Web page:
<insert diagram of reference model with key components as building blocks> .

1.1. and Service Continuous Improvement (SCI). Best Practice Components 3. as illustrated below: Service Strategy Main Activities Define the Market Develop Offerings Develop Strategic Assets Prepare Execution Key Concepts Utility & Warranty Value Creation Service Provider Service Model Service Portfolio Processes Service Portfolio Management Demand Management Financial Management Service Design Five Aspects of SD Service Solution Service Management Systems and Solutions Technology and Management Architectures & Tools Processes Measurement Systems. Service Design (SD). Products. The five components are Service Strategy (SS). & Partners Service Design Package Delivery Model Options Service Level Agreement Operational Level Agreement Processes Service Catalog Management Service Level Management Availability Management Capacity Management IT Service Continuity Management . ITIL defines the five components in terms of functions/activities.3. SCI wraps the first four components and depicts the necessary concern of each of the core components to continuously look for ways to improve the respective ITIL process. Service Operations (SO). ITIL The Information Technology Infrastructure Library (ITIL) Version 3 is a collection of good practices for the management of Information Technology organizations. Methods & Metrics Key Concepts Four P s : People. It consists of five components whose central theme is the management of IT services. ST and SO) at the core with SCI overarching the first four components. Processes. SD.1. and processes. Together these five components define the ITIL life cycle with the first four components (SS. Service Transition (ST). concepts. Standards 3.

accuracy. 7. according to plan. trends. format. Gather the data. Exceeding the recommended limits for short periods of time should not be a problem. the IT manufacturers recommend that data center operators maintain their environment within the recommended envelope. ASHRAE ASHRAE modified their operational envelope for data centers with the goal of reducing energy consumption.1. but running near the allowable limits for months could result in increased reliability issues. tactical and operational goals 1. targets met.2. Define what you can measure 3. etc. and operation within this envelope will not compromise overall reliability of the IT equipment. . For extended periods of time. Relationships. Who? How? When? Integrity of the data? 4. corrective actions? 6.Underpinning Contract Information Security Management Supplier Management Service Transition Processes Change Management Service Asset & Configuration Management Release & Deployment Management Knowledge Management Transition Planning & Support Service Validation & Testing Evaluation Key Concepts Service Changes Request for Change Seven R s of Change Management Change Types Release Unit Configuration Management Database (CMDB) Configuration Management System Definitive Media Library (DML) Service Operation Achieving the Right Balance Internal IT View versus External Business View Stability versus Responsiveness Reactive versus Proactive Quality versus Cost Processes Event Management Incident Management Problem Management Access Management Request Fulfillment Function Service Desk Technical Management IT Operations Management Application Management Service Continuous Improvement The 7 Step Improvement Process to identify vision and strategy. Frequency. In reviewing the available data from a number of IT manufacturers the 2008 expanded recommended operating envelope is the agreed-upon envelope that is acceptable to all the IT manufacturers. Present and use the information assessment summary action plans. Define what you should measure 2. Process the data. Implement corrective action. system. 3. 5. Analyze the data.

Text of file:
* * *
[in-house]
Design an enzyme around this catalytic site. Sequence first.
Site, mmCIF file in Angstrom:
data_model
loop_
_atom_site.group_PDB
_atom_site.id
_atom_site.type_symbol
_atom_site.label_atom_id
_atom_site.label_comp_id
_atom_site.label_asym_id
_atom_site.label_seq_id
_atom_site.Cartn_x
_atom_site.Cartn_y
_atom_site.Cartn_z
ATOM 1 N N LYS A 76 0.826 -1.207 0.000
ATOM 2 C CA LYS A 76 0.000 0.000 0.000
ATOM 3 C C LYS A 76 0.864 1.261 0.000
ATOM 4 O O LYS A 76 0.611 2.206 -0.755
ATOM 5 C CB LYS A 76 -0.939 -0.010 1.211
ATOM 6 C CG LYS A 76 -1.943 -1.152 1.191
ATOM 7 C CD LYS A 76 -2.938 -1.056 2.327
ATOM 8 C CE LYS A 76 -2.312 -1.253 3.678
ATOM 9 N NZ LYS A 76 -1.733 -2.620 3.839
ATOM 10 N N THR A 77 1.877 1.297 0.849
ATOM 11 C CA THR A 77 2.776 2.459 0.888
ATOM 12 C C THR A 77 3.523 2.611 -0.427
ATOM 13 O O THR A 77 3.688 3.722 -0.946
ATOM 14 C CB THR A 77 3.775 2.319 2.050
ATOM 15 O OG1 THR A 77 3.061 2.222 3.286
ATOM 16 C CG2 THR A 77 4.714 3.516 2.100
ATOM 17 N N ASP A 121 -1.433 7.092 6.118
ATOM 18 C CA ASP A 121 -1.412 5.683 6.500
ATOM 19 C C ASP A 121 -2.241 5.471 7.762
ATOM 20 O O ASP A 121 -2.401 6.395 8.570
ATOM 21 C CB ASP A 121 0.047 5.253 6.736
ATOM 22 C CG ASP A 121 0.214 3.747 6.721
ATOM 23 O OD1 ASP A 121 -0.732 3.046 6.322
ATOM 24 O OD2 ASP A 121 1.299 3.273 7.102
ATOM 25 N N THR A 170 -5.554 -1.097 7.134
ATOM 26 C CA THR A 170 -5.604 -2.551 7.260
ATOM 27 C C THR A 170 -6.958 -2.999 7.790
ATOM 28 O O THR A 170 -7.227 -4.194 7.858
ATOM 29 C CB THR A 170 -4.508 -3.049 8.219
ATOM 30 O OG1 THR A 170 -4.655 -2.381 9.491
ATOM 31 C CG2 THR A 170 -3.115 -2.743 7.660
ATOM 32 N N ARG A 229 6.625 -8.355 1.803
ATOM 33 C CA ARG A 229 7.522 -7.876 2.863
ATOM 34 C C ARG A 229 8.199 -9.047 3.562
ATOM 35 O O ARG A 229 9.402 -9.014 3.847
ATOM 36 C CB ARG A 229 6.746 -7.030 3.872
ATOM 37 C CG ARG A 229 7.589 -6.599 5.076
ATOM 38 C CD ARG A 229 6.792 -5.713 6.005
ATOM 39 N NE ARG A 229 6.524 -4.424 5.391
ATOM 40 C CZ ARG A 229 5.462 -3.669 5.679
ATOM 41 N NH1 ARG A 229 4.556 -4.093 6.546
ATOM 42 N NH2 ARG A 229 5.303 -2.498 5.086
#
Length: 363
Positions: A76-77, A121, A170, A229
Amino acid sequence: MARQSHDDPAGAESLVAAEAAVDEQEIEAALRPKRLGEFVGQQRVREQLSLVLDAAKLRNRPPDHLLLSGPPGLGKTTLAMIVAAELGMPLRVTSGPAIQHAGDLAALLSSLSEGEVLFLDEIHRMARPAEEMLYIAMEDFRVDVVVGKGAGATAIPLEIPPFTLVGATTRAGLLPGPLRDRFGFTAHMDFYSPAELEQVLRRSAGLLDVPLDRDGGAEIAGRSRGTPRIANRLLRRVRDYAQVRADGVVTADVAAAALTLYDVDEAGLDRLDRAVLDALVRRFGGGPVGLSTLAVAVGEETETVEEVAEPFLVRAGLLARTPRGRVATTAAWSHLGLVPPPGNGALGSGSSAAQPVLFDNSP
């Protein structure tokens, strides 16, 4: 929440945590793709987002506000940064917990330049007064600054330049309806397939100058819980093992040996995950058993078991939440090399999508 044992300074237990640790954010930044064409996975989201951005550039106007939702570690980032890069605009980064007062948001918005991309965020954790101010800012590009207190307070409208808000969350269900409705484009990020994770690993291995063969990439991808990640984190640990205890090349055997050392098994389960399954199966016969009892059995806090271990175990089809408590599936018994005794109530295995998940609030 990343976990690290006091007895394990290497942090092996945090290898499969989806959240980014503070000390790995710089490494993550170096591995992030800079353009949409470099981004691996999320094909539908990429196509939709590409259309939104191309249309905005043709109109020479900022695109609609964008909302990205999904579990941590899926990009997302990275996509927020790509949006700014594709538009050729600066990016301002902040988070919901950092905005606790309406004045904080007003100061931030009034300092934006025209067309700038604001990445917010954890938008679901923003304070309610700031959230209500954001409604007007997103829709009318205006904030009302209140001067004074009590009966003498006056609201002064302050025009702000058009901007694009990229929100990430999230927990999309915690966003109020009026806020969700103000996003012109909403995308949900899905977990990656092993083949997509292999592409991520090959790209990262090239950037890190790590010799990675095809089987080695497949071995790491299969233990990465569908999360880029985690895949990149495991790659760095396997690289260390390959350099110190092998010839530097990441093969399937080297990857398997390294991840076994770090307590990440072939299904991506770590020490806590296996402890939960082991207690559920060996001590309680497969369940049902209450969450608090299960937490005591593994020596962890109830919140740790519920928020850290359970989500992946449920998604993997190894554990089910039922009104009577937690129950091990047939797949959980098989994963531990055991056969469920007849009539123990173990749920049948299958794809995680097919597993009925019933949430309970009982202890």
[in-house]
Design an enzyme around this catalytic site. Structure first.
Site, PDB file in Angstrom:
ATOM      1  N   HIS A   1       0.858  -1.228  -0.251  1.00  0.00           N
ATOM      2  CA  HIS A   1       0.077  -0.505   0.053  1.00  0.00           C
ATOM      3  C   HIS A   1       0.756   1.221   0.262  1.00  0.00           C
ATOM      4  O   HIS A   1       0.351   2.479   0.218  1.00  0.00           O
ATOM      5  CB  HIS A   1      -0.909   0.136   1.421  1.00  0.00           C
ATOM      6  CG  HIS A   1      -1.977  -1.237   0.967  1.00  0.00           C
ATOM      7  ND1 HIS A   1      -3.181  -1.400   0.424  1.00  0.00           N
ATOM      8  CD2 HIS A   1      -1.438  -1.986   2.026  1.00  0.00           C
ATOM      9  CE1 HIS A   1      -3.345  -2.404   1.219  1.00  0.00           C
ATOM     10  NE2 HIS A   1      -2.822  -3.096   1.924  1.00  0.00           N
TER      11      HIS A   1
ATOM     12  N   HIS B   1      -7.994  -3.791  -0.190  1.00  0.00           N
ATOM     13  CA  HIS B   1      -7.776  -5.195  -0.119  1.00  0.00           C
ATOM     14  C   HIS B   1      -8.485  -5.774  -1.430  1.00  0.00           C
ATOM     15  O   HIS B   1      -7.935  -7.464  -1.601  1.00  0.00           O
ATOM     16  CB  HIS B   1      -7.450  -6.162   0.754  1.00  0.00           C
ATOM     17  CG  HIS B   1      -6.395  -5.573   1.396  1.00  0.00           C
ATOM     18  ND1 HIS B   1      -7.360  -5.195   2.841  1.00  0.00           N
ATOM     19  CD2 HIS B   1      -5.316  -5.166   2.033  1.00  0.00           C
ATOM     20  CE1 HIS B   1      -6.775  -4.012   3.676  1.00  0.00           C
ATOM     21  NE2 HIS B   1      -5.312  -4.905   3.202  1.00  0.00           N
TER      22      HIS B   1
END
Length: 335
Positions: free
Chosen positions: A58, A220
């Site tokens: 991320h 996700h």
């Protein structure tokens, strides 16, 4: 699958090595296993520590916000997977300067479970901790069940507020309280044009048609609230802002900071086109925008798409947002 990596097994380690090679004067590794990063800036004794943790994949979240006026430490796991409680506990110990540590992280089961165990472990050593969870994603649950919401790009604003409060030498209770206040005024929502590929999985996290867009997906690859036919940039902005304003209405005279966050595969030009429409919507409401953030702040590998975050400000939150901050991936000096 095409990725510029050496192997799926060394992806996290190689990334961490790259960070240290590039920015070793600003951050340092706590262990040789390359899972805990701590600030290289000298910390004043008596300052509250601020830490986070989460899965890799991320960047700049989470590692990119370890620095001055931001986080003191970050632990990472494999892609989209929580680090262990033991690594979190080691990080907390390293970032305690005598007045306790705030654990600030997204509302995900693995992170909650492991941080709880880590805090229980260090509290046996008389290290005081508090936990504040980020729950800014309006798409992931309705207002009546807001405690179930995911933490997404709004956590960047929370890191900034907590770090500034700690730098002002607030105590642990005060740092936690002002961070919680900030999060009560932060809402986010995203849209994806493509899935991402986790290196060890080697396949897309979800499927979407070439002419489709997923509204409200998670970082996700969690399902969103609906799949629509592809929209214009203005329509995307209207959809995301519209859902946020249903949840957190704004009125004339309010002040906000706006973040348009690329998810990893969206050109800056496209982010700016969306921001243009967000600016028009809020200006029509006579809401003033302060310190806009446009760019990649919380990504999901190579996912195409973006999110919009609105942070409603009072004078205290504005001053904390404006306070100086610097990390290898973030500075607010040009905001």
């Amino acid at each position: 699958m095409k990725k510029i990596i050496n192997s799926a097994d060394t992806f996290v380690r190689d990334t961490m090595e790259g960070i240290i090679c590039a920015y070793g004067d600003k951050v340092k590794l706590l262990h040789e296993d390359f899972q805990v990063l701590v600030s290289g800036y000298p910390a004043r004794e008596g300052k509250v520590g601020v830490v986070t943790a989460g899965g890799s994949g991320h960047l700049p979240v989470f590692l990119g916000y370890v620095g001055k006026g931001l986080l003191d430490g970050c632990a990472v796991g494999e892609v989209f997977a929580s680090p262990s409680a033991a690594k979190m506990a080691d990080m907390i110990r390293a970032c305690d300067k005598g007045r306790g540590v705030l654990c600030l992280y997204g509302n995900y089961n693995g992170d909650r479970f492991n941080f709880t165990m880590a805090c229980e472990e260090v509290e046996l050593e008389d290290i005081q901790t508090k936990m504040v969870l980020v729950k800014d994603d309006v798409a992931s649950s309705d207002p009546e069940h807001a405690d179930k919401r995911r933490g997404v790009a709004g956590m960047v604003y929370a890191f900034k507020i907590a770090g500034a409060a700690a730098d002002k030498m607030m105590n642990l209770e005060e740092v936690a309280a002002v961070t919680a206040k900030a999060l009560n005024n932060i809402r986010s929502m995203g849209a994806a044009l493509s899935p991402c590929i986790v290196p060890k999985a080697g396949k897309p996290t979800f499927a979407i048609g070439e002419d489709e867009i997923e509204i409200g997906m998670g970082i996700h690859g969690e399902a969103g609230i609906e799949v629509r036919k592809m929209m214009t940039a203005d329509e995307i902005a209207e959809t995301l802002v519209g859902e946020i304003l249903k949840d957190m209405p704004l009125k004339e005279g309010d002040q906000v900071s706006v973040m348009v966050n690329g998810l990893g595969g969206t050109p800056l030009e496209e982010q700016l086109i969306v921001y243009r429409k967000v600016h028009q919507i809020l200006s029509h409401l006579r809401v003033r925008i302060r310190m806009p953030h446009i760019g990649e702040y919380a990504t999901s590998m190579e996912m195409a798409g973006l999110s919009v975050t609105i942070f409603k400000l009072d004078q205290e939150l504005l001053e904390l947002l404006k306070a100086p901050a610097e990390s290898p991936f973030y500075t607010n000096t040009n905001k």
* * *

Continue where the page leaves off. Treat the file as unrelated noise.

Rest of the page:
blade) dual-attached to the data network and storage environment to provide for load balancing and fault tolerance. Configurations should be modified. Uptime Institute 3. These templates should be used to support cloning of new instances as required and systematic maintenance of production instances as needed. memory. with patching and upgrade paths defined and pursued on a scheduled basis with each hardware element (e. to ensure an optimum balance between required and committed capacity. Production hardware should run the latest stable release of the selected hypervisor. Practices a.2. tested and maintained to allow for consistent OS.3. j Post-provisioning capacity analysis should be performed via a formal. Virtual machines should be monitored for CPU. b. d. j This process should allow for interaction between requestor and provider to ensure appropriate configuration and acceptance of any fee-for-service arrangements.Following are the previous and 2008 recommended envelope data: 2004 Version 20°C (68 °F) 25°C (77 °F) 40% RH 55% RH 2008 Version 18°C (64. network and disk usage. Server Virtualization 1. For example. with service owning unit participation.> 3.5°C DP (41.g. Servers 3.6 °F) 5.1.2. Hardware Platforms 3. Virtual machine templates should be developed. a 4 VCPU virtual .1.9 °F) 60% RH & 15°C DP (59 °F DP) Low End Temperature High End Temperature Low End Moisture High End Moisture <Additional comments on the relationship of electro static discharge (ESD) and relative humidity and the impact to printed circuit board (PCB) electronics and component lubricants in drive motors for disk and tape.1. maintenance and middleware levels across production instances. documented process.4 °F) 27°C (80.2. Virtual machines should be provisioned using a defined work order process that allows for an effective understanding of server requirements and billing/accounting expectations.1. c.